Personal Injury and Workers' Compensation Law
An accident or serious injury can have devastating ramifications for the victim's finances. All of a sudden, a credit report is obtained, collectors begin to call, or a car is repossessed.
Your Consumer Protection Law Resource
If your client has been hurt and is feeling pressure from unfair collection practices, the repossession of a vehicle, or credit reporting issues, contact us to discuss state or federal consumer protection laws that may be able to provide some relief.
Below are some examples where consumer rights litigation often intersects with personal injury and workers’ compensation law.
Your Client's Bill is Assigned to a Collection Agency
After your client is injured in a car accident, the medical provider assigns the bill to a collection agency, even though the bill should be paid by a worker comp plan or a carrier. Does the collection agency have the right to obtain your client’s credit report as part of its attempt to collect the debt from the worker? Probably, since the attempt to collect on an alleged obligation is a permissible purpose even if the claim later fails. Fair Credit Reporting Act, 15 USC 1681b.
Notification of Legal Representation
You notify a medical debt collector (A) that you represent your injured client, Mr. Smith, and that all future communications should be directed to you. The collector later sells or transfers the medical debt, alleged to be due to a new collection agency (B). Is collection agency B bound by the earlier representation letter you sent to collector A? The weight of authority is no; you have to notify each new collector of the representation. Conversely, each assignee collection agency must send out a fresh Notice of Validation Rights to the consumer, even if the predecessor collection agency did. Hernandez v. Williams, Zinman & Parham, PC., 829 F.3d 1068 (9th Cir. 2016).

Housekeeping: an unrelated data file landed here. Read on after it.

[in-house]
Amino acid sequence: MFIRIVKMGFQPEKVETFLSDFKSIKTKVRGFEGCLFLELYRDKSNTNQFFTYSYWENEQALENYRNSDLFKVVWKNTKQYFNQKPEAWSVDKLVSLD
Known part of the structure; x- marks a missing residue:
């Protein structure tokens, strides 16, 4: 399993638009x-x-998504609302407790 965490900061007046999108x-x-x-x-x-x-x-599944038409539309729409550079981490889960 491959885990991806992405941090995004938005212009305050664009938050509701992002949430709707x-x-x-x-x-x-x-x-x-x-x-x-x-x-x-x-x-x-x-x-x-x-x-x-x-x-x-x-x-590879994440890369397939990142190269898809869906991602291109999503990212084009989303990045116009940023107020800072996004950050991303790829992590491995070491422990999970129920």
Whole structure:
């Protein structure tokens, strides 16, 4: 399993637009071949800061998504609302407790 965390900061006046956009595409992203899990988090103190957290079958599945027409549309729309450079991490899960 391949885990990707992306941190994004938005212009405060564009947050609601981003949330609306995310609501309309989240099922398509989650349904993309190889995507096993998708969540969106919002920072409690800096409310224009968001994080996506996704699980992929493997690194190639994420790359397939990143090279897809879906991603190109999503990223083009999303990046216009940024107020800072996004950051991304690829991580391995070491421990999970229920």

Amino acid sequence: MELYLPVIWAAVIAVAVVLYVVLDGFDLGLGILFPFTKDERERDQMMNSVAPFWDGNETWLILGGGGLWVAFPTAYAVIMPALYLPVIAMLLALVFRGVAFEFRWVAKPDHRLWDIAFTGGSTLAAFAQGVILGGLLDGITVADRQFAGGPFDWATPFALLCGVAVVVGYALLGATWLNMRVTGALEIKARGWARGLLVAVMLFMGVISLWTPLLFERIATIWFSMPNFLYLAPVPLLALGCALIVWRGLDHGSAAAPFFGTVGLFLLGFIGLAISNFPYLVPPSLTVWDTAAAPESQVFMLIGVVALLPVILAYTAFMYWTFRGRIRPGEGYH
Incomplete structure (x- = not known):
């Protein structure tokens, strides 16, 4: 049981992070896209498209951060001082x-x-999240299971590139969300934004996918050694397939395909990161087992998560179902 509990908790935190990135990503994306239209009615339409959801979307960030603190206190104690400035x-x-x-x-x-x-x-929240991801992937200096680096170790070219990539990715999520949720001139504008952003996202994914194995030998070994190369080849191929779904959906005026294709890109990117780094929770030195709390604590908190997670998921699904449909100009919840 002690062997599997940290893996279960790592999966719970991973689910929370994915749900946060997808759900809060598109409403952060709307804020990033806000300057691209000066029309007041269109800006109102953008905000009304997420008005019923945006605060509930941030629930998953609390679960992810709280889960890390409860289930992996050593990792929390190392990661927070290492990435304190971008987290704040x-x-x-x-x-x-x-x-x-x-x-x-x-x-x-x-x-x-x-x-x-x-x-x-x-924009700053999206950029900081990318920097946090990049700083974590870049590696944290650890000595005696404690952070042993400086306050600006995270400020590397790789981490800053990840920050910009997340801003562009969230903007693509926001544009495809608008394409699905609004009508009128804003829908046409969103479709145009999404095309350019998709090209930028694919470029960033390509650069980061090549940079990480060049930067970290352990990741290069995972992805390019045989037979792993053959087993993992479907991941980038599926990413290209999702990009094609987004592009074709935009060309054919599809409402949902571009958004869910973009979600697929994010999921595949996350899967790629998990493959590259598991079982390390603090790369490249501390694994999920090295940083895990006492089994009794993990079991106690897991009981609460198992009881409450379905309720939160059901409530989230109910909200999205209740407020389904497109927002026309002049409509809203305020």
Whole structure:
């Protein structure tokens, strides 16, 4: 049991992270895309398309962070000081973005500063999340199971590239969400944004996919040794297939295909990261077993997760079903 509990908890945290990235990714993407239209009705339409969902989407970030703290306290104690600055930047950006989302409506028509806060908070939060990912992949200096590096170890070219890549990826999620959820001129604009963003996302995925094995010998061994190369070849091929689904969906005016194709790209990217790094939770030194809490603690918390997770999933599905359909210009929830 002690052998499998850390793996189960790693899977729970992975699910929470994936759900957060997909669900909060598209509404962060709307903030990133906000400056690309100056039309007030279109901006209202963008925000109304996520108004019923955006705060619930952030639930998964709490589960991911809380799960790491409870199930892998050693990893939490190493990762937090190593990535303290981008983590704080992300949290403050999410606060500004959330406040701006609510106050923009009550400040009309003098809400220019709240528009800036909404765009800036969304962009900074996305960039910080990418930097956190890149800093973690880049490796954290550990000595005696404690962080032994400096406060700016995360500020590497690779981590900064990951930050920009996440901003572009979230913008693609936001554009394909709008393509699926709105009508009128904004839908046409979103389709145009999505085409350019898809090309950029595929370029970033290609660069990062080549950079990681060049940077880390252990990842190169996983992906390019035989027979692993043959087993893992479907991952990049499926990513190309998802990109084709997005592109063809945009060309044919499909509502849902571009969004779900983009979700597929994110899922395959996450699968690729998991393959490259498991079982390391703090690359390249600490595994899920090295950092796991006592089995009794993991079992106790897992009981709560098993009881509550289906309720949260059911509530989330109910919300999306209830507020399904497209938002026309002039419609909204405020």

Your Client's Credit Report is Obtained
After your client is injured in a car accident with a drunk driver, his worker compensation insurance carrier obtains his credit report to investigate possible fraud or other income. Is this permissible because the client has placed his finances "in issue"? Probably not. Investigation of an insurance claim is generally not a proper purpose for a carrier to obtain a consumer credit report on a claimant. 15 U.S.C. 1681b
Ancillary Collection Charges
A medical debt collector charges its hospital client a 10% commission and adds a $200 collection fee to an overdue medical bill of $2000. Is there anything you can do, other than complain that this charge was never agreed to? Yes. Collecting or attempting to collect ancillary amounts like this violates the Fair Debt law, unless the amount was agreed to or is expressly permitted by statute or other law. 15 U.S.C. 1692f.